The Brown University “Standards of Student Conduct” goes up for review every three years, and as part of this year’s review the Office of Student Life is recommending some important changes to the section on sexual misconduct. There’s a lot of things I like about how Brown is going about making these changes (as being reported by the Brown Daily Herald) so I wanted to highlight them here. (This comes a week after I wrote about the cool workshop at Brown about educating students on how to support friends who confide in them about sexual assault. Keep it up, Brown!)
First up, student input!
A committee of faculty, staff, undergraduate students and graduate students reviewed the Standards for Student Conduct, with Philip Gruppuso, associate dean of medicine for medical education, chairing the committee. “There was quite a bit of student input while we were formulating the recommendations,” Klawunn said.
Next up: specific, clear, easily accessible definitions of sexual assault and and associated sanctions. Not to mention actual concern with students being aware and able to understand what constitutes assault and how the disciplinary process work.
The changes to the Sexual Misconduct Policy would create two separate tiers representing two levels of sexual offenses. The first tier, IIIa, consists of sexual misconduct that “involves non-consensual physical contact of a sexual nature.” The second tier, IIIb, consists of sexual misconduct that “includes one or more of the following: penetration, violent physical force or injury.”
The creation of the two tiers in the Sexual Misconduct Policy was spurred by an effort to make the specificity of offenses more clear, Klawunn said. “In some of these cases, as it stands now, (the sexual misconduct code is) very general. Cases would go forward and students would come out with a decision and not know where it falls,” said Yolanda Castillo, associate dean of student life.
Trish Bakaitis-Glover, sexual assault response and prevention program coordinator with Health Services, said the new tiers prevent students from “being in an unknown place” about why a sanction is applied and what evidence is necessary to prove a violation.
Establishing sanctions that are appropriate given the offense and send a message that the school takes sexual assault seriously.
According to proposed new language to the sexual misconduct code, offenses falling under IIIb will “result in more severe sanctions, separation from the University being standard.” “We needed to clear up the language on what the actions would be. The sanctions will be serious,” Klawunn said.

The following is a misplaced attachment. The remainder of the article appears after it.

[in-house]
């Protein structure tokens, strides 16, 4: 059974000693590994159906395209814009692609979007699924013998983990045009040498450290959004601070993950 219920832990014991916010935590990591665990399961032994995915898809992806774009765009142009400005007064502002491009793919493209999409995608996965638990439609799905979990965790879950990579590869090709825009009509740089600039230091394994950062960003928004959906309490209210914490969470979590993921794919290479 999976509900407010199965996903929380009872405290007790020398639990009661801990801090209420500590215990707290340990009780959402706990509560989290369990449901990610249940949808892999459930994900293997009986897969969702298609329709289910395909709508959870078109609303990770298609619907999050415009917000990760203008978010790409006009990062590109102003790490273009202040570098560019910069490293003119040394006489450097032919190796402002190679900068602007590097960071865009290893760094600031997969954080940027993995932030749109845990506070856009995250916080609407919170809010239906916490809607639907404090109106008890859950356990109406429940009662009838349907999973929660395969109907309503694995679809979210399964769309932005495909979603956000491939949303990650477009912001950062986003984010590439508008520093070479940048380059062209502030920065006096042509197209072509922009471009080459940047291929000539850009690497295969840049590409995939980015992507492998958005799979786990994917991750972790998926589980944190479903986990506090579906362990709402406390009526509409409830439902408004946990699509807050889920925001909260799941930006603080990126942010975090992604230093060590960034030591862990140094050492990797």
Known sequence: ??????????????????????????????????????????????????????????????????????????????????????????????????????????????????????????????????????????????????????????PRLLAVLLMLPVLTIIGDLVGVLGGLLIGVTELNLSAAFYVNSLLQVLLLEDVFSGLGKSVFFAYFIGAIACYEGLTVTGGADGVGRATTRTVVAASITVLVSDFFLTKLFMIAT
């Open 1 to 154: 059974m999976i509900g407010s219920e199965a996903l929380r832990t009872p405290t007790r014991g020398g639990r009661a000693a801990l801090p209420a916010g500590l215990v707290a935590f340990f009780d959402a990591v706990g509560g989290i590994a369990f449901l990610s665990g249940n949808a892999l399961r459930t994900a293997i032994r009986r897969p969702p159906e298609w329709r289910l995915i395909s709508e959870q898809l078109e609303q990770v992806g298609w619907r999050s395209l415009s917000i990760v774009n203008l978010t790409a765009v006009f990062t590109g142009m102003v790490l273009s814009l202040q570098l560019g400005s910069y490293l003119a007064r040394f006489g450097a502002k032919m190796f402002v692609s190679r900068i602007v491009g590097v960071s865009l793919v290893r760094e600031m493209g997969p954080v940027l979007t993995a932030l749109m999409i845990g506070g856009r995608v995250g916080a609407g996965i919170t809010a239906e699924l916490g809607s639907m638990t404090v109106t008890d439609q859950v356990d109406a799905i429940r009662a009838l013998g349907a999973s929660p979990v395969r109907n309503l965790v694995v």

Again, showing that the school takes sexual assault and associated discipline seriously by dedicating resources to the issue including—IMPORTANT!—training the faculty, staff, and students (yes!) who will be hearing cases.
Aside from the creation of the two tiers of sexual misconduct, the report presented to the BUCC also included the possibility of installing an Office of Student Conduct to manage all academic and non-academic offenses…An Office of Student Conduct would “encourage a ‘community standard’ ” and provide deans with “a plan for shared management of cases,” according to the presentation. “We want to have one group of faculty, staff and students who are trained and share some training so that there is one office for student conduct,” Klawunn said.
Paying attention to peer institutions and best practices.
Klawunn said that this distinction mirrors Rhode Island state law. The policies of Brown’s peer schools have more specific levels of misconduct, she said.
And finally, admitting that there’s a problem. So many administrators try to downplay sexual violence on campus, publicly stating that it’s just not a big problem at their school. It’s refreshing to hear university staff openly say that rape is a serious problem on campus, and that they are being proactive about tackling the issue.
Bakaitis-Glover said that, based on statistical information from the U.S. Department of Justice, one in five women experience rape or attempted rape in college and one in 33 men experience rape or attempted rape during their lifetimes. “We don’t have any reasons to believe it will be different on our campus,” she said. Bakaitis-Glover said that many sexual assault cases are not reported and that charges are not filed. “It’s very underreported everywhere, and we figured it must be true here,” Klawunn said.